Patterico's Pontifications


Notes From A Proud Global Warming Skeptic (part 3)

Filed under: Accepted Wisdom,Environment — Justin Levine @ 10:47 pm

[posted by Justin Levine] 

This series of posts isn’t just to spout off my own personal opinions (after all, who really cares?), but to stimulate a much needed debate. However, one commenter asked me a legitimate question – what exactly do I believe or not believe as a self-proclaimed “skeptic” on the global warming issue.

In a nutshell –

I am certainly NOT disputing the fact that the climate is changing – but I believe that the climate is ALWAYS changing. Therefore, the mere assertion that “the climate is changing” is insignificant.  

I also don’t dispute that the nature of the recent changes have brought about slight warming relative to last few hundred years.

I don’t dispute the fact that the Earth is currently the warmest it has been in roughly 400 years. (Nor do I know any other self-proclaimed skeptics who dispute the last 3 statements above.)

I believe that comparing changes over merely 400 years to be a very short time span relative to Earth’s modern climatological history – and thus is of little scientific use.

I believe that specific and accurate temperature records only go back to about 1850. So when someone refers to it being “the hottest since daily temperatures have been recorded”, they are only talking about the last 150 years at most (which one again, I believe to be scientifically insignificant).

I DO dispute the notion that the Earth is warmer now than it has been in the last millennium (1,000 years).

I don’t dismiss the notion that the changes are brought on at least in part by human activity – but I don’t believe that it has contributed to the majority of the net changes (like everyone else on both sides of the debate, I can’t specifically quantify it with any certainty – but I believe mankind to be significantly less than 50% of the overall cause.)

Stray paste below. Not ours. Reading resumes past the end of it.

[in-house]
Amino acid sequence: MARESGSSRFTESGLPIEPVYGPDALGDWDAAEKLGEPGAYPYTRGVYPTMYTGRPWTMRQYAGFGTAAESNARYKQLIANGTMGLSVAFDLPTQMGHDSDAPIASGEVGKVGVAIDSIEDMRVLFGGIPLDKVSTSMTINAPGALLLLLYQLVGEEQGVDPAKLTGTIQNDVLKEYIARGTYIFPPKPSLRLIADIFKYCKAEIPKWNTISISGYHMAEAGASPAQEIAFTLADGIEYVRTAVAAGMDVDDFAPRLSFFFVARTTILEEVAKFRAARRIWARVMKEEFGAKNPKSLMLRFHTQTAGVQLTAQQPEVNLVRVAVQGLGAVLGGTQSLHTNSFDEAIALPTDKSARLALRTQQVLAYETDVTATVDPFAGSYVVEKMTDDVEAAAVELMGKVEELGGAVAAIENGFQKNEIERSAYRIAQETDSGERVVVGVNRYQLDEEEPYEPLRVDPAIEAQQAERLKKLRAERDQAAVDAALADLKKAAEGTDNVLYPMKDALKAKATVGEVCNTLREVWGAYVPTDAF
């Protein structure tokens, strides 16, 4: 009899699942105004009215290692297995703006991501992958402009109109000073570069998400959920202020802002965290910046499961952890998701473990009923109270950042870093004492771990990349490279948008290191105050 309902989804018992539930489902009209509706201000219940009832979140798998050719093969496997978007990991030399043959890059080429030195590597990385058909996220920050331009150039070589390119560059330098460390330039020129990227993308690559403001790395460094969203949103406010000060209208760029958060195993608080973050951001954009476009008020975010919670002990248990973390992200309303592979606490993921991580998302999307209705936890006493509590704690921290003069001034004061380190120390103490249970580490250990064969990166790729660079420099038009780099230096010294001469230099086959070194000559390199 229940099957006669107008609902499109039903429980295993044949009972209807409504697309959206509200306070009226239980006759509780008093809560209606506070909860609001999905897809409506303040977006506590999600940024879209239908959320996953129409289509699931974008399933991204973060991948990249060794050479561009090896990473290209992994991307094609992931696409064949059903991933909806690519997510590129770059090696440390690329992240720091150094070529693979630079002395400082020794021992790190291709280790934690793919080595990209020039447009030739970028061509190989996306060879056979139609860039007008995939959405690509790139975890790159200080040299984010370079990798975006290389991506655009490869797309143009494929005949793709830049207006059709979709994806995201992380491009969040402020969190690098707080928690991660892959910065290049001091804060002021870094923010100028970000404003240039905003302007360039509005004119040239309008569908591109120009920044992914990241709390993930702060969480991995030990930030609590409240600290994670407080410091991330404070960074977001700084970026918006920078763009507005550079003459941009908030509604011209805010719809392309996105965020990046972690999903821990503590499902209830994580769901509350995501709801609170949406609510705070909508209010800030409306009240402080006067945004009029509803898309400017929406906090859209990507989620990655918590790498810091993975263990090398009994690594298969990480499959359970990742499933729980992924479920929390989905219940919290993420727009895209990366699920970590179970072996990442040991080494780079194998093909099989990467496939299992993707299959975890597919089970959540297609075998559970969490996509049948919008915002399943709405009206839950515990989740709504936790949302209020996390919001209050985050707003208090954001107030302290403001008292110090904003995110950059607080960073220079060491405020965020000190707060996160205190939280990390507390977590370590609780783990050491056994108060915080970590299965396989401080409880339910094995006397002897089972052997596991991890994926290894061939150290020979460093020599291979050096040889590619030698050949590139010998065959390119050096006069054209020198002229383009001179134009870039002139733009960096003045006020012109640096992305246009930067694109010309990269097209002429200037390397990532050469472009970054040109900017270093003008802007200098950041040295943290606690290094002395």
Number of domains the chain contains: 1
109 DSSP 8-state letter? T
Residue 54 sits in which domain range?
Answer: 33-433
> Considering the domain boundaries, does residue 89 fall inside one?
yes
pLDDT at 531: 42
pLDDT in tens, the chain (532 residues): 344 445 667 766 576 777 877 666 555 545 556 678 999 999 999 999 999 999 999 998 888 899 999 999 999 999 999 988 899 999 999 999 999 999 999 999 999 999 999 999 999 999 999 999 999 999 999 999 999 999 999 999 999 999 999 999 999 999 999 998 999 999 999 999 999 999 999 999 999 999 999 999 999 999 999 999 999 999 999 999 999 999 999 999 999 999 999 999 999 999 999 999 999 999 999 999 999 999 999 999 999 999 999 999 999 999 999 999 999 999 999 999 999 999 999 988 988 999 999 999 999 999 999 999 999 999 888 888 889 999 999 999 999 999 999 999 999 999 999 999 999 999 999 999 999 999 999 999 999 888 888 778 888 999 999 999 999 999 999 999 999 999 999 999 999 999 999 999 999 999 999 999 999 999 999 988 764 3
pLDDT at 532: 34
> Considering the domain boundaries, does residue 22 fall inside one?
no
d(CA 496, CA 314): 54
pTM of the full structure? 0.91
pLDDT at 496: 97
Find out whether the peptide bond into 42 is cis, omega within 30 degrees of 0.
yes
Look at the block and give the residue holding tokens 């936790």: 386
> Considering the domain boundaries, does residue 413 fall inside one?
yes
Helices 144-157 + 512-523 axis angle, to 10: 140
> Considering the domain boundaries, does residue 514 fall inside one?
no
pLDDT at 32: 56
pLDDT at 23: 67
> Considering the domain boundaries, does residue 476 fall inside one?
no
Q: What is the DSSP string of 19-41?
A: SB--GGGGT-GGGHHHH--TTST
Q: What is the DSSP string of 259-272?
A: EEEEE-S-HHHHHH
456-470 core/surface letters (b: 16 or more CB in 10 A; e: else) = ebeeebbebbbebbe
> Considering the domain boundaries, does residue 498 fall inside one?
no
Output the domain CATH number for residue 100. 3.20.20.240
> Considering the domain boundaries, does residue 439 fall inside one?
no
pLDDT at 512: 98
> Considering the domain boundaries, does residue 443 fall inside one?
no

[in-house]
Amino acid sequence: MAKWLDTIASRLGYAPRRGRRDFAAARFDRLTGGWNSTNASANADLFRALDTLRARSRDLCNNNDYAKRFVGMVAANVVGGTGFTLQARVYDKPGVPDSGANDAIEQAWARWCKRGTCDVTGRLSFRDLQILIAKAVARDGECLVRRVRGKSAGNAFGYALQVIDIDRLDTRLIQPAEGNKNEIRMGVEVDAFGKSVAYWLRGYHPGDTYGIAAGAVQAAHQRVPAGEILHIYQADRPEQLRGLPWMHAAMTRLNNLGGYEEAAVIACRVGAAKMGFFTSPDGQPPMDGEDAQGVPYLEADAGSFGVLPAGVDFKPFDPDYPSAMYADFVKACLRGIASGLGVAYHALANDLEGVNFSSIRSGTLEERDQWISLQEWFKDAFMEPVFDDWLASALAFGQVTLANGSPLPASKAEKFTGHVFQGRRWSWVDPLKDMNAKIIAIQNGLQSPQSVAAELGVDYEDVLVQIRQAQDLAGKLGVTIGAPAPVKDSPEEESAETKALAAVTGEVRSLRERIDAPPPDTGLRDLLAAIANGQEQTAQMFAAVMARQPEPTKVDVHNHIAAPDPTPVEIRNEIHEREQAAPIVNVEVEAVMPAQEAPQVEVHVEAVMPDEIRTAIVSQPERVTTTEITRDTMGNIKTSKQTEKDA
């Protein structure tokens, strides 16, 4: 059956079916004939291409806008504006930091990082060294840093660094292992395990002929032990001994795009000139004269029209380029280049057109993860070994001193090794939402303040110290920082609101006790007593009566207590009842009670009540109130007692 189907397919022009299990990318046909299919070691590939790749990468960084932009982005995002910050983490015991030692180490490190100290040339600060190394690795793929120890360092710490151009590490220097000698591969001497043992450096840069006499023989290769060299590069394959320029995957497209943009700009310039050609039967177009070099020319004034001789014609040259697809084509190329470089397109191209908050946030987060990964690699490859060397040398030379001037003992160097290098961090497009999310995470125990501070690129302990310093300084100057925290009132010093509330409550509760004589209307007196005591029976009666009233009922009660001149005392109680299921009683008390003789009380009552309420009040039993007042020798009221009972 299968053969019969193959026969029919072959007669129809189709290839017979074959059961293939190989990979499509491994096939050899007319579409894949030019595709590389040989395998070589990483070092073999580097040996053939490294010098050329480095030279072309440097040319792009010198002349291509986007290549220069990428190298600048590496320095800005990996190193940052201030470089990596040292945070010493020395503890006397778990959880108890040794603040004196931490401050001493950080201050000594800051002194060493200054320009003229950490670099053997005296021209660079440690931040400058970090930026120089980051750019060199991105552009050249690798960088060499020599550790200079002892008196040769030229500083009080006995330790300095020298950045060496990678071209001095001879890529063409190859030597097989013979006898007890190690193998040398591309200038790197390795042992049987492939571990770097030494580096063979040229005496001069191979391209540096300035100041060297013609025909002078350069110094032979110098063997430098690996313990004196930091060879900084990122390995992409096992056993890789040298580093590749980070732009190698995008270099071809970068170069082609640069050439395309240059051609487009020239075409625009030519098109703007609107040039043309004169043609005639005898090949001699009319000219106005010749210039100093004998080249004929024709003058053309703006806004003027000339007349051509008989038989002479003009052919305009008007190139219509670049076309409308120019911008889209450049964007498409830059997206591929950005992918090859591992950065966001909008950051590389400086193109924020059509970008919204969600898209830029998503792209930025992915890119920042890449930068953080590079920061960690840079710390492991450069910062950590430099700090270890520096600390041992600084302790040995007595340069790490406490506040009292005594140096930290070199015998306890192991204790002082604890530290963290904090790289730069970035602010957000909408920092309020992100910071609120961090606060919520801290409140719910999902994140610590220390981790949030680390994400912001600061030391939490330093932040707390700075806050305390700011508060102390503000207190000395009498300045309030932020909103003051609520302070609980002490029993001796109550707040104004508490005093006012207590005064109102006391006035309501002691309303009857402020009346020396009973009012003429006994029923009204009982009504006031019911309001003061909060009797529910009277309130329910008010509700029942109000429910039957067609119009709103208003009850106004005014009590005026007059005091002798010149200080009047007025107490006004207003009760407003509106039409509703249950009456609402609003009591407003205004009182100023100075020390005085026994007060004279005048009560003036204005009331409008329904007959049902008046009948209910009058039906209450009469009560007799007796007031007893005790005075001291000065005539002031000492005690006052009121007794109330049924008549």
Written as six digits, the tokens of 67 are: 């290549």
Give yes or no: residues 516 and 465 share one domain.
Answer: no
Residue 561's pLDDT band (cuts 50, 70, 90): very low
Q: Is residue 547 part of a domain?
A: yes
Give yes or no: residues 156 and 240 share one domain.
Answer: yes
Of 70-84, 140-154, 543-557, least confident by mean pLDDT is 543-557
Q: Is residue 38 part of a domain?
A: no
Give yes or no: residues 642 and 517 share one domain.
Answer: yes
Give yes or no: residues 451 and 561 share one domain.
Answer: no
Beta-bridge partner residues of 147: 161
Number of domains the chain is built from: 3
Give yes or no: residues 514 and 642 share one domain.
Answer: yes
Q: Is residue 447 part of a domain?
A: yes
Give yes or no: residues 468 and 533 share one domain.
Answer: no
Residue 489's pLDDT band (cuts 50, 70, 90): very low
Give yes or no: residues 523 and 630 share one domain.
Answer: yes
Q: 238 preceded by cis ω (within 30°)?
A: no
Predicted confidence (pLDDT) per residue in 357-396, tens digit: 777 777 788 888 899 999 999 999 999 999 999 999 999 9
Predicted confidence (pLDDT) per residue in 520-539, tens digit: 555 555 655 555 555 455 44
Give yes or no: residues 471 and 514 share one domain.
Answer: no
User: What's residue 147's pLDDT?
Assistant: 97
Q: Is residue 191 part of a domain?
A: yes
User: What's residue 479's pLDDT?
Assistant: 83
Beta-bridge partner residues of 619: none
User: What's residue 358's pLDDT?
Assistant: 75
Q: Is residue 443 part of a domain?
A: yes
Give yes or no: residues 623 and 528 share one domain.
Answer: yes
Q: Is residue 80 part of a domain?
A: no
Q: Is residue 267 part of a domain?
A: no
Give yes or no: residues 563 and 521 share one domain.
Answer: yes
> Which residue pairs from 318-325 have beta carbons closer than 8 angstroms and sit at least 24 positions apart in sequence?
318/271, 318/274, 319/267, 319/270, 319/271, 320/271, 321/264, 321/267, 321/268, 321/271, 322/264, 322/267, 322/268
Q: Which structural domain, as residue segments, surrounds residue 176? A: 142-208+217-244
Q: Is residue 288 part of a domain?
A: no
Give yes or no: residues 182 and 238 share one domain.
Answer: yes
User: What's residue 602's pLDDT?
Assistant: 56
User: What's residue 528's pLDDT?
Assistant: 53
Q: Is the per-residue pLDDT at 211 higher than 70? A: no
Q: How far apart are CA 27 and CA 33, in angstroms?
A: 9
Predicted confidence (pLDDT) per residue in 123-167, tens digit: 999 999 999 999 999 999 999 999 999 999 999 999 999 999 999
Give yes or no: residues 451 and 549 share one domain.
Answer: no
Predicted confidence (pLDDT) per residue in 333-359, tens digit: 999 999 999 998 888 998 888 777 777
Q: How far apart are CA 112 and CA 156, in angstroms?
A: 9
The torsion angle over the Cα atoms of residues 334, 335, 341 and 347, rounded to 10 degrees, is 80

I believe that the level of changes in temperature are still relatively small in terms of concrete degree measurements. (Correspondingly, I believe the amount of changes caused by man-made factors to be even more miniscule.) I believe that “record tempertaures” can be set and measured by less than one-tenth of a degree – so I am not automatically concerned when we have set “record” temperatures in the last 11 of 12 years going only back to 1750 (which I beleive is the base year that the IPCC uses in its report summary.)

I do NOT believe that any of the current (or likely future) changes will lead to dire consequences (* perhaps the key belief here in this debate) .

I do NOT believe that the Earth will automatically continue to always get warmer and warmer if we fail to do anything about CO2 levels relative to where we are right now.

I believe that a cooling trend (relative to where we are right now) will eventually happen as part of Earth’s natural changing cycle EVEN IF CO2 levels increase substantially to where we are right now.

I hope this clarifies things for the debate.  Now at least we can be clear about what you all think I am in denial about.  Furthermore, I assure that I have an open mind about everything listed above. However, I need to be convinced – and merely asserting that there is “consensus among all scientists, except for those in the pcokets of big oil” is irrelevent to me regarding this particular issue.